After the commendable performance in Tokyo 2020 Olympics where she finished fourth, Aditi Ashok is now world No. 154 – a jump of 46 places.
As of now, she is on her way to the next assignment in the Women’s Scottish Open field hosted at Dumbarnie Links, Scotland. But looking back at the quadrennial event, the 23-year-old has mixed emotions and struggled to describe her feelings in words.
However, what gave her immense joy was the unwavering love showered upon her by the country.
For Aditi, whose maiden Olympic appearance was in Rio 2016 as an 18-year-old, her second outing was outstanding because she was mentally prepared and admittedly unperturbed by the hype around the Games. “It was a much better trip than Rio. What made the difference was that I was better prepared and had the experience. So I was also able to soak in the pressure and remained unfazed by the whole atmosphere,” she told in an exclusive interaction.
Aditi Ashok of India in action on August 7. (REUTERS/Murad Sezer)But what took her by surprise was India’s support in the wee hours of Saturday morning. Remember #AditiAshok was the top trend from 2 am on Twitter that day.
“I didn’t expect so many people would wake up early and tune into golf, that’s a gratifying feeling,” said Aditi, the youngest Indian golfer (male or female) at 19 years to have played all majors.
“I have no words to express how thankful I am that people got up at around 4 am and watched a sport they did not know much about and tried to learn about it. I think that’s the great part about golf being in the Olympics. The Olympics has the power to bring so many new fans to the sport,” she added.
READ | Explained: How Aditi Ashok missed out on a Golf Tokyo Olympic medal
Getting support from fellow athletes like Abhinav Bindra and Prime Minister Modi tweeting his support was a massive moment for Aditi, who took up the sport at six and turned professional in January 2016. And now she hopes a lot more people will pick up the game and India will have a stronger golf team in the 2024 Paris Games.
Aditi finished creditable fourth-place, ranking among the rare few to achieve that position in Indias Olympic history.
She entered the event as an underdog placed at world No. 200 and finished the tournament with flying colours. For three rounds she was placed second with eventual winner Nelly Korda of the United States and current world No.1 and the 2016 Rio Games medallist Lydia Ko of New Zealand. There was a lot of excitement around the country when a scenario emerged where she might return with a silver medal as she shot five birdies and moved to 12-under to take the sole second spot with her mother, Maheshwari doubling up as her caddie.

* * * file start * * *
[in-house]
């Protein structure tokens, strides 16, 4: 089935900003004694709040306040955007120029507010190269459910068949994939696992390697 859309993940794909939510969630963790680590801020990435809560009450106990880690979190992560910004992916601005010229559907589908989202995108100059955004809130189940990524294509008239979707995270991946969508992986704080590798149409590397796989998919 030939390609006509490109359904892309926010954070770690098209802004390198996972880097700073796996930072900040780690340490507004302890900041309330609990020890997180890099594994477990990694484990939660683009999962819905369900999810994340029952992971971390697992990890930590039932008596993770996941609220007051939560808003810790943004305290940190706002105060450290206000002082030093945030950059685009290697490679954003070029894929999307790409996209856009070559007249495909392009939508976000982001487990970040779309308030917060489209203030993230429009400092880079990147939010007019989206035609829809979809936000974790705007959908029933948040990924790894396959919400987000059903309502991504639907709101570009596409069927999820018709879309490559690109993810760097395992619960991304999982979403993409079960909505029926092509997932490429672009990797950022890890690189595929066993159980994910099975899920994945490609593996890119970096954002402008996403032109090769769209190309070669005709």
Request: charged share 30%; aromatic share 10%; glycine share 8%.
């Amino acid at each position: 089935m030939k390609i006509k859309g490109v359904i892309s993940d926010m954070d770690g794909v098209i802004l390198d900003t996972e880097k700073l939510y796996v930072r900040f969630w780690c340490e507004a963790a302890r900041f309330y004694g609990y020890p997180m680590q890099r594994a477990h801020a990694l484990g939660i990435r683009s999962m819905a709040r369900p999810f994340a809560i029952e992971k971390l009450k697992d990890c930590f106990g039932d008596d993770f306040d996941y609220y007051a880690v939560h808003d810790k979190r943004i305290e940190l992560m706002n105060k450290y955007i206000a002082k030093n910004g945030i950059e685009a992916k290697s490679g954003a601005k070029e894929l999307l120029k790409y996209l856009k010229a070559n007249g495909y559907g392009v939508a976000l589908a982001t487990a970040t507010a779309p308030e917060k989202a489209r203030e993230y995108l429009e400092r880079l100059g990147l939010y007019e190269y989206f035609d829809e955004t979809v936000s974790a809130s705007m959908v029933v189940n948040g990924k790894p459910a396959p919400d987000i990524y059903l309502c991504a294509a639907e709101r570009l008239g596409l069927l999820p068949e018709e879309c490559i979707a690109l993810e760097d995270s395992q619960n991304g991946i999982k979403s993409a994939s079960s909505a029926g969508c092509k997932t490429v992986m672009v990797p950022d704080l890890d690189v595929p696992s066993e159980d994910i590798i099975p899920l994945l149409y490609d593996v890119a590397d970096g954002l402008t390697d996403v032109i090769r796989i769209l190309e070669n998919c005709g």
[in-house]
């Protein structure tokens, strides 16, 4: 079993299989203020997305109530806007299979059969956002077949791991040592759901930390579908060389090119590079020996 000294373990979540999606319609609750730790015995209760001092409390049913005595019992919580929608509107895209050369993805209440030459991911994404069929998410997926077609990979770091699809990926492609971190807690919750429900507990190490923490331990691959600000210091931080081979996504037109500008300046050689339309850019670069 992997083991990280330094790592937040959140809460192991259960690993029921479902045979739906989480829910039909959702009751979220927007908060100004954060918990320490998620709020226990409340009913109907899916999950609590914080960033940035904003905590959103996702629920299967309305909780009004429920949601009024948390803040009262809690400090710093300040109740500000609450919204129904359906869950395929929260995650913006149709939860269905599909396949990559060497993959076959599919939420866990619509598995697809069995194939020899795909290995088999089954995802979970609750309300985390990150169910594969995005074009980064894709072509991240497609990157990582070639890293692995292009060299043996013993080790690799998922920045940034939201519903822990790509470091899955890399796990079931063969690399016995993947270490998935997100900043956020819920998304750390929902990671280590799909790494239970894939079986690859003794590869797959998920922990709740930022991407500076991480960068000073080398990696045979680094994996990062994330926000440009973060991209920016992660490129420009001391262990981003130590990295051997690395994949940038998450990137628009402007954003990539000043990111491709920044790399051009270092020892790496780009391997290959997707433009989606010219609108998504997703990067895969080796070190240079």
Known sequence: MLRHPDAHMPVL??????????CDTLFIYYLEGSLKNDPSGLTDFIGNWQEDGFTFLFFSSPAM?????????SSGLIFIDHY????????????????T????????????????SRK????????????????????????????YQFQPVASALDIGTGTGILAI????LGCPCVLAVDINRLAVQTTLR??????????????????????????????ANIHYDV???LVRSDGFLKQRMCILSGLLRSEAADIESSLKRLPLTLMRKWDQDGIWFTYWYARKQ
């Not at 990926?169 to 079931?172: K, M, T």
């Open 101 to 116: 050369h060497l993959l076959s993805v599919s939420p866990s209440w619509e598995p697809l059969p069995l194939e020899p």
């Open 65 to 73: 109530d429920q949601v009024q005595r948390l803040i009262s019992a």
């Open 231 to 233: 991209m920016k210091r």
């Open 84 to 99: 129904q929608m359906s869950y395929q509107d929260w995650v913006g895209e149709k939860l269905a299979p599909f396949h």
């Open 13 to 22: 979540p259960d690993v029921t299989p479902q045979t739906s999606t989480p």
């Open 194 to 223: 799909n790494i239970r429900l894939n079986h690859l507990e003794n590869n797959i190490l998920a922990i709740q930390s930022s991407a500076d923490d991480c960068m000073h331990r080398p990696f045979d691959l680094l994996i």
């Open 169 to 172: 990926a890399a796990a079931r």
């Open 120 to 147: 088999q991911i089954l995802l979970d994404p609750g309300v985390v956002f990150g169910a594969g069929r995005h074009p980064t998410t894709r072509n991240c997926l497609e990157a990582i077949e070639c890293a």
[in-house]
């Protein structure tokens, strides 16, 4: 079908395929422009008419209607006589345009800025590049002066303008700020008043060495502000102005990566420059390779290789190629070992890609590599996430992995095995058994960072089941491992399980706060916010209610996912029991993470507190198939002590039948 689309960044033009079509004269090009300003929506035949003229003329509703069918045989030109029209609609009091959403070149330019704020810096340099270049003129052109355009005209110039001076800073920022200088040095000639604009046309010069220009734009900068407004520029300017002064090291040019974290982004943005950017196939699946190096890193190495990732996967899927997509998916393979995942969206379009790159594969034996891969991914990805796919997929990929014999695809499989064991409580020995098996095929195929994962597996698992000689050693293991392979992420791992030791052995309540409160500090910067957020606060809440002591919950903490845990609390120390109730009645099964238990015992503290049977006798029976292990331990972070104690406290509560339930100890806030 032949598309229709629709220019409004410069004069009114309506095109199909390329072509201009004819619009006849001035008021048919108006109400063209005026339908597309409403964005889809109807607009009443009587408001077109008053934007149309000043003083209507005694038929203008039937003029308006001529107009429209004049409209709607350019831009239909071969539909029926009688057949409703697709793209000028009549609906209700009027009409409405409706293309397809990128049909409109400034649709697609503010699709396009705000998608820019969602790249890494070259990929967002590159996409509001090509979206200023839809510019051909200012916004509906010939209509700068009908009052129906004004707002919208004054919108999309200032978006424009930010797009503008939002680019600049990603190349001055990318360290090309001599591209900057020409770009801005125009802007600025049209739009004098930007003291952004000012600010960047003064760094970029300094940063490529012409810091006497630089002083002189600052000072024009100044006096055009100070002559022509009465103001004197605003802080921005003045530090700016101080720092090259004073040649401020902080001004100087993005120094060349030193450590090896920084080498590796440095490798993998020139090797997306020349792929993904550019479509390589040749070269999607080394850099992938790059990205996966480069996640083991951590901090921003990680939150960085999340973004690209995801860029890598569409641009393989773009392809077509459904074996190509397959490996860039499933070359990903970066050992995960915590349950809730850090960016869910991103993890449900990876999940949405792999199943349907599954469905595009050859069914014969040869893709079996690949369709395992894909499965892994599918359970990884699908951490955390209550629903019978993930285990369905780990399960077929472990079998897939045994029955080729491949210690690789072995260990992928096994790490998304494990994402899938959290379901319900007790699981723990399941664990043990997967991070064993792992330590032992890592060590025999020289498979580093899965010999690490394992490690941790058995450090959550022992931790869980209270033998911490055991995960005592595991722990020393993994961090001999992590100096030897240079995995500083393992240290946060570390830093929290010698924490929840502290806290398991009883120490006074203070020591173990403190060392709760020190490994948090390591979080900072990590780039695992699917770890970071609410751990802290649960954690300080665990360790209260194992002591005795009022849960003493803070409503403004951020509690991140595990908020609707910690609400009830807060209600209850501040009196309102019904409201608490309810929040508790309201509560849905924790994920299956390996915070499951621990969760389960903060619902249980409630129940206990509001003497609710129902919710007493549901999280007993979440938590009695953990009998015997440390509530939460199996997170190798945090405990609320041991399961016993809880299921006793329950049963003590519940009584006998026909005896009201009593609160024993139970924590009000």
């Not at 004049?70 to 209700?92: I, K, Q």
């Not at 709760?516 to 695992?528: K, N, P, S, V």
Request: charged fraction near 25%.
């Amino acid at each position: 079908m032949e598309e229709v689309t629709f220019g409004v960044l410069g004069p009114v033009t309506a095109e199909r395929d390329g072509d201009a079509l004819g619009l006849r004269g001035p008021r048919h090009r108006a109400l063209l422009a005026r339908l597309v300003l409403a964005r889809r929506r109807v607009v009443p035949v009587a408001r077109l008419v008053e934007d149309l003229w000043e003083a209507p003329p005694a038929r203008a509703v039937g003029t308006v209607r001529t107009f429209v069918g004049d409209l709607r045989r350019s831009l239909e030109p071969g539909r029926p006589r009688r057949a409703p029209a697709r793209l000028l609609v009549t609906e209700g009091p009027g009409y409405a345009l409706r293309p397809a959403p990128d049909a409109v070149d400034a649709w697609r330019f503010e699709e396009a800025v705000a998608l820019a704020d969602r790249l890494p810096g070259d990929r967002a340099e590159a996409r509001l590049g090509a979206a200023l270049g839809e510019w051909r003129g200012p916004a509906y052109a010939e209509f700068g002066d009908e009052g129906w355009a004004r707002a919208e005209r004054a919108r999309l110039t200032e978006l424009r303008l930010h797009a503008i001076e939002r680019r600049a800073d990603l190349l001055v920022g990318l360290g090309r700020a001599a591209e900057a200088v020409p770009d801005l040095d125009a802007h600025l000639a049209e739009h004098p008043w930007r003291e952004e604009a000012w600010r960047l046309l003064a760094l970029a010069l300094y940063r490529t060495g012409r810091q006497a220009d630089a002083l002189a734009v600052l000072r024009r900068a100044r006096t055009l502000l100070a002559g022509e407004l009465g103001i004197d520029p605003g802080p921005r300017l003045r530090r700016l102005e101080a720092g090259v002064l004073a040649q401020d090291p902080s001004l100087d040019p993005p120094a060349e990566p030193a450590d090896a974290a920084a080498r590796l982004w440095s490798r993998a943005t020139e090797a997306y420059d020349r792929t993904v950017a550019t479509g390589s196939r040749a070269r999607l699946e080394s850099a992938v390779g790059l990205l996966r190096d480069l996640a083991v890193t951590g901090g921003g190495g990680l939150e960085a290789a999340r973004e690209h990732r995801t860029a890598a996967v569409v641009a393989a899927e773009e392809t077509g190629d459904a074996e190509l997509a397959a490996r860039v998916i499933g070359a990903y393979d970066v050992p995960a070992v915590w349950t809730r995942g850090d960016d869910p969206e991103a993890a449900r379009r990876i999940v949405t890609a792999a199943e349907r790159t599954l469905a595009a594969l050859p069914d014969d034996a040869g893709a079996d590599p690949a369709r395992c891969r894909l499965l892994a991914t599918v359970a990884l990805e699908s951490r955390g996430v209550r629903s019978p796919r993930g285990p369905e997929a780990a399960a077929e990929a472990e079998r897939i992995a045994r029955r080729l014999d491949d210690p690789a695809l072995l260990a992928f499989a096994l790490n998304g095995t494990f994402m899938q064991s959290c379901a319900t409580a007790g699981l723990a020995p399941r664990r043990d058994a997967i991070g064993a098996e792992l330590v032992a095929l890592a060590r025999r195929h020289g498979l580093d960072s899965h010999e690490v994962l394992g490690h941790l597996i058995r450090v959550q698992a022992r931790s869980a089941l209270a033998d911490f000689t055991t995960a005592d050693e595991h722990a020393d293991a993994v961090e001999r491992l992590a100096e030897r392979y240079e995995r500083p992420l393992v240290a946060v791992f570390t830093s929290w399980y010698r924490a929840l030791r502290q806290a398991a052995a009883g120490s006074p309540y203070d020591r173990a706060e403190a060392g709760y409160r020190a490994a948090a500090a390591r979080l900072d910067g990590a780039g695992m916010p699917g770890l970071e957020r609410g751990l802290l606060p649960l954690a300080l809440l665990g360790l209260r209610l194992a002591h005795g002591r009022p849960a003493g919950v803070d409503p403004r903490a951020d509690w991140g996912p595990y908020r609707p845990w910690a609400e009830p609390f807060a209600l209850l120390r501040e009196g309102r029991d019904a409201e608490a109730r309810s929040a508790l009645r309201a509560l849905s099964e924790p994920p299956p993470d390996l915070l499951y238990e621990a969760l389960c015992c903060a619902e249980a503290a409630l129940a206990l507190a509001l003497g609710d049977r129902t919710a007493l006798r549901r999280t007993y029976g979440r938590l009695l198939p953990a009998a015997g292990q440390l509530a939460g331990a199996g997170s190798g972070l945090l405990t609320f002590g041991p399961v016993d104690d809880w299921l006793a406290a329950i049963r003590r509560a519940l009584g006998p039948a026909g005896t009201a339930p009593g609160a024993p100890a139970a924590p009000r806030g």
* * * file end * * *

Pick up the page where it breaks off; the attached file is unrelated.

Aditi Ashok of India in action. (REUTERS/Toby Melville)On Saturday, the event was briefly interrupted when a storm alert was sounded. So did the weather-hit final round affect her performance in any way? “Not really. I think we were lucky that we got to play the fourth round. It doesn’t matter I was second after how many ever rounds because usually, golf is four rounds, and what happens after that is what is more important,” she said.
“I think the only thing that was a bit hard to deal with is because it was going to rain. The organisers adjusted our time so that we could play in better weather. So we had to start very early on the final day. That wasn’t an issue. I was staying in the Olympic village which is almost an hour and a half away from the venue. So during the week, I had to wake up as early as 3.30 – 4 every morning which was a little bit tiring and a bit of struggle but I gave my best,” said Aditi.
However, at the end when it dawned that Aditi would miss the podium finish by a whisker it did leave the youngster in tears.
Shout-out to Aditi Ashok:200th player in the worldHer caddie at #Tokyo2020 was her mother Fought until the end for a medal in #Golf
Olympics (@Olympics) August 7, 2021
“While I was playing I was calm and didn’t feel any pressure at all. But when I finished the event and realised that I didn’t win any medal, it made me emotional. I gave my best but that wasn’t enough. Golf is a game of small margins.
I’m happy that I played well and everybody watched but was sad that I could not finish on the podium. Finishing fourth was not the best finish but the positives I am taking is what happened back home,” said Aditi.
“I still can’t believe that I single-handedly managed to grab eyeballs into golf but that was great,” she signed off.